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Git Subrepo is nice alternative to Git Submodule

Updated on February 28, 2020 at the 07th hour
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DISCLAIMER: Expressed views on this blog are my own.


I was thinking about how to distribute configuration (including secrets) in my applications recently so naturally the idea of using git as a way to facilitate the distribution of configuration data pops up. How can I store the configuration in a way that is part of the project repository, but separate so that configuration can be checked out, changed, committed and pushed out as if it were part of the project repository?

Git SubModule, of course. Only problem with git submodule is that you need to manually pull in the config repository once pulling in the project repository. I thought ok, subtrees then, but that brings in its own set of issues and the commands for it are pretty esoteric in my opinion. It just isn't simple to use subtrees. I wanted a way to be able to commit to the configuration repo just like submodules and keep my project repo updated. Bonus would be that it is seamless commit/push from the project repo to the config repo. Guess what, it fucking exists!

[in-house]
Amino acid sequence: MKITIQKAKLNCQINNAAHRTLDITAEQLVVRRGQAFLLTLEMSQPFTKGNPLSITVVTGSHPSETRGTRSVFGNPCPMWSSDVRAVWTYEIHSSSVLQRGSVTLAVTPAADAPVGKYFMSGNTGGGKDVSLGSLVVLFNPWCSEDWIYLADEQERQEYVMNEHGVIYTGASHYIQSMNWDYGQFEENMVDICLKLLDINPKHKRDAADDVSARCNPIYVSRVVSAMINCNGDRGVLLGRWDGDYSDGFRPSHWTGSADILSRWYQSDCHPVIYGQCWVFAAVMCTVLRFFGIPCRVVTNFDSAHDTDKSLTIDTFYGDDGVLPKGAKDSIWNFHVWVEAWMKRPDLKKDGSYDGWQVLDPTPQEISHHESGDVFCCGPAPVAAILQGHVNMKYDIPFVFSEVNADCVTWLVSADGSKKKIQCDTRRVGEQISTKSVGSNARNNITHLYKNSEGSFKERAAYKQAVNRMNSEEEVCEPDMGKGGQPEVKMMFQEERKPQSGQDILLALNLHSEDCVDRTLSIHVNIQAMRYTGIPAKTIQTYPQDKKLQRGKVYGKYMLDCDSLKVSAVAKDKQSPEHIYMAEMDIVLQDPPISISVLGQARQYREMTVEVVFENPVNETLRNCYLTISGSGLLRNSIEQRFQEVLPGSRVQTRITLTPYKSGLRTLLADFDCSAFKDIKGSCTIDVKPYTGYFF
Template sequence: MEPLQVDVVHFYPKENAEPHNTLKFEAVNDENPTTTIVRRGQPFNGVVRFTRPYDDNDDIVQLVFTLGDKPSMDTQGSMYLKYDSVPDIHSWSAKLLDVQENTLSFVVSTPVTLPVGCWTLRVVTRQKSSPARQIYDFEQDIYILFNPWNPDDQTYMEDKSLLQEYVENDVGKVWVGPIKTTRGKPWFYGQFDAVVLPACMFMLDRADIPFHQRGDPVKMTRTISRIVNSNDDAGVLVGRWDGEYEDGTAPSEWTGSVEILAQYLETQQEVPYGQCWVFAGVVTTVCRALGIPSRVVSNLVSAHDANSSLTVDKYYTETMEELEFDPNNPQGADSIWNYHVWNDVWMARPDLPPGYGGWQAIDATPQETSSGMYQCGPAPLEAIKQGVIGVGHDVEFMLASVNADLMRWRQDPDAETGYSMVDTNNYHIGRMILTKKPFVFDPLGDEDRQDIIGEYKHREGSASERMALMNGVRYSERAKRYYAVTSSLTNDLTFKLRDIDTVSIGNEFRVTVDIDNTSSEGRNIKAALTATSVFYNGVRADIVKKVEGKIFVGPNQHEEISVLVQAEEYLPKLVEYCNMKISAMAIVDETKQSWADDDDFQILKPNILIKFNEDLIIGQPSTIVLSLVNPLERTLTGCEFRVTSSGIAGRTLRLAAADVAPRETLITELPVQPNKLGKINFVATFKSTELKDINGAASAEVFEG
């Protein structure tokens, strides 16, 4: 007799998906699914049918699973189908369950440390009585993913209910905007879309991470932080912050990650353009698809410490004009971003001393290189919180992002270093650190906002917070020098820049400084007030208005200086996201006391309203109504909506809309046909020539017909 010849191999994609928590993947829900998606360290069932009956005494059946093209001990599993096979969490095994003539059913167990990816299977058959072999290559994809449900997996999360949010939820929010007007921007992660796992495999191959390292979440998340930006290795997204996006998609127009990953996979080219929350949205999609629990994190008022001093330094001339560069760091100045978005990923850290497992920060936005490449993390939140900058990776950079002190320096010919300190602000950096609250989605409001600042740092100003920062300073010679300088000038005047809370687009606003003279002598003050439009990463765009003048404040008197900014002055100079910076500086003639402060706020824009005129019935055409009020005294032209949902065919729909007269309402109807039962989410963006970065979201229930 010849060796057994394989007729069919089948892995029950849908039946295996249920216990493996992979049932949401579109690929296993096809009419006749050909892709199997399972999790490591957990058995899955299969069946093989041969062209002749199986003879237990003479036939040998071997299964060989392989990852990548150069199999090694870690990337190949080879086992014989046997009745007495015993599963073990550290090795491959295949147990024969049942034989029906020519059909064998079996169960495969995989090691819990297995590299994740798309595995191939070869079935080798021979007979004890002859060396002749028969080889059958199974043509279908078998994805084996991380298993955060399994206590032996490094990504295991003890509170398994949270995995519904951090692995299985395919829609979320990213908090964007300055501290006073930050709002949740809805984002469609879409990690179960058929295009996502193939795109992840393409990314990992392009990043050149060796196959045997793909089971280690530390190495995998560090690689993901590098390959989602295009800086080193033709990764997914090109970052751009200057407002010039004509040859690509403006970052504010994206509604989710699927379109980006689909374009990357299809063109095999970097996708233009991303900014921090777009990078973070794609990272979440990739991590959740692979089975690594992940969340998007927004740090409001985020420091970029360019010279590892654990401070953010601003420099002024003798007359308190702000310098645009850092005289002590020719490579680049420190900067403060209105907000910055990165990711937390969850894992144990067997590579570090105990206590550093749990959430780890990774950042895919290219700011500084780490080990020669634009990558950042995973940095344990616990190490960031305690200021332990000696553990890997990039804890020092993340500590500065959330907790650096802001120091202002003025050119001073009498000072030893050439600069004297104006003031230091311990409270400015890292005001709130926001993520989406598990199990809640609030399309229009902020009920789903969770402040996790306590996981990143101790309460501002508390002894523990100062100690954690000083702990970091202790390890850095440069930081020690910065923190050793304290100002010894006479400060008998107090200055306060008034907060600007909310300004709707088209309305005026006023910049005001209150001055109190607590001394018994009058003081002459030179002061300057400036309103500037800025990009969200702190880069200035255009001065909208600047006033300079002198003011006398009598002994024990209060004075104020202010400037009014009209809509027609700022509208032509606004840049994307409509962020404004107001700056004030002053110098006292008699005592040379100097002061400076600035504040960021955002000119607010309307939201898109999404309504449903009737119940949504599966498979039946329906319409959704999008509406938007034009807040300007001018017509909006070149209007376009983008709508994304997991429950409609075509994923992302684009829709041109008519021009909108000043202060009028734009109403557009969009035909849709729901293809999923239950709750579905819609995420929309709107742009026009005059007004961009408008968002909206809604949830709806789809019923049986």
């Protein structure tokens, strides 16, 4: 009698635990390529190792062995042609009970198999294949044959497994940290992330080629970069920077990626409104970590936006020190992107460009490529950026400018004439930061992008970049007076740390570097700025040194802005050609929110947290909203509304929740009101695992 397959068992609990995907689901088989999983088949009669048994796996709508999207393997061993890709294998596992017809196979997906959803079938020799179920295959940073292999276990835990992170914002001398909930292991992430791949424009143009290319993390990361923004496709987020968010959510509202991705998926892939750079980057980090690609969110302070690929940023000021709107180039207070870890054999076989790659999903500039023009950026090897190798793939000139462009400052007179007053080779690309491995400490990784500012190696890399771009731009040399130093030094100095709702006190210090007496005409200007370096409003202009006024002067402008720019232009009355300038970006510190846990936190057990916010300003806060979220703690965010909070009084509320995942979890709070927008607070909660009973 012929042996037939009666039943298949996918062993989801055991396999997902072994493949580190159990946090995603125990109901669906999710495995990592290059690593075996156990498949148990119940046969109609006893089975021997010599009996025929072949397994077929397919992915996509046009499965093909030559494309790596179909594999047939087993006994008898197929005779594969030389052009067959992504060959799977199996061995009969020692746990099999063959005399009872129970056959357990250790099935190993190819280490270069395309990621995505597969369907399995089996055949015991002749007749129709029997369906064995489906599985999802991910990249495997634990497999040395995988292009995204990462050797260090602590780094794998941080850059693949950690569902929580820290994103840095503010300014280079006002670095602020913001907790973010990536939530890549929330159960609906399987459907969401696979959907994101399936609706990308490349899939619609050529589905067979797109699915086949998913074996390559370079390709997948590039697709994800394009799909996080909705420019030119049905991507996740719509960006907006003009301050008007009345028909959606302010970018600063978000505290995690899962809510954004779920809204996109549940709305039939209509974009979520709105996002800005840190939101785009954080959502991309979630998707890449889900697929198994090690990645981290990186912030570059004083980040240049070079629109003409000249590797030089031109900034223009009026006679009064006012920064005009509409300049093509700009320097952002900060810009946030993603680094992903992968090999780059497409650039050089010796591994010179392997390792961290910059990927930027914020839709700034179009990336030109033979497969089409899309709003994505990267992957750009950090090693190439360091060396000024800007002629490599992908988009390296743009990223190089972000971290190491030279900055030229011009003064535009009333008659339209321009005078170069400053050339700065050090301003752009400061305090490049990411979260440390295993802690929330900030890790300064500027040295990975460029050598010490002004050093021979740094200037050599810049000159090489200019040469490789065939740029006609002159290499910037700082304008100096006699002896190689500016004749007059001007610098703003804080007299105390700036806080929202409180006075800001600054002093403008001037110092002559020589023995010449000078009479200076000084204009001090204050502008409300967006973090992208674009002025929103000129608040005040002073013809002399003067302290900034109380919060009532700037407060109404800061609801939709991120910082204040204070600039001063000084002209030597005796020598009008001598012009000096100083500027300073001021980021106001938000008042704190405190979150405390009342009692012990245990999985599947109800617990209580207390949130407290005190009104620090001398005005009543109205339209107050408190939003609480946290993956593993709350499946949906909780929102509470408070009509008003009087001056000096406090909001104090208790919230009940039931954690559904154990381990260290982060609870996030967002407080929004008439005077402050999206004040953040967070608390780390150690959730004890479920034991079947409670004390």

Git Subrepo is very nice. Imagine just breaking out a subdirectory as a repository and from your project repo adding and committing as usual. When it comes time to push, you say `git subrepo push <subdir>` and it takes care of pushing changes that you make to the config repo to the remote repository. That is cool. If there are changes on the config repo then you `git subrepo pull <subdir>`. It is that easy.

Users don't need to have git subrepo to checkout your repository. Your Continuous integration pipeline can pull in as usual. This is like, which is a great way to make large repositories made of smaller repositories work in Git (No I don't believe in the fucking company or team monorepo mumbo, get better tooling).

The one thing I can't say I like about it though is the documentation. Buncha commands, but not enough examples on why I would use something like `git subrepo branch <subdir>`. The other part appears to be some slowness in how it does the operations though that may be because I use Krypton which does authentication and git commit signing.

Simple, how does it work? From what I saw it uses a .gitrepo file to keep track of the last project repository commit it scanned up to and the last sub repository commit that was applied. When you push, it will use some filtering to find changes on the subdirectory from the last project repository commit until now and make a squashed commit on the subdirectory repo and pushes that then makes changes to the .gitrepo file and commits it to the project repo.

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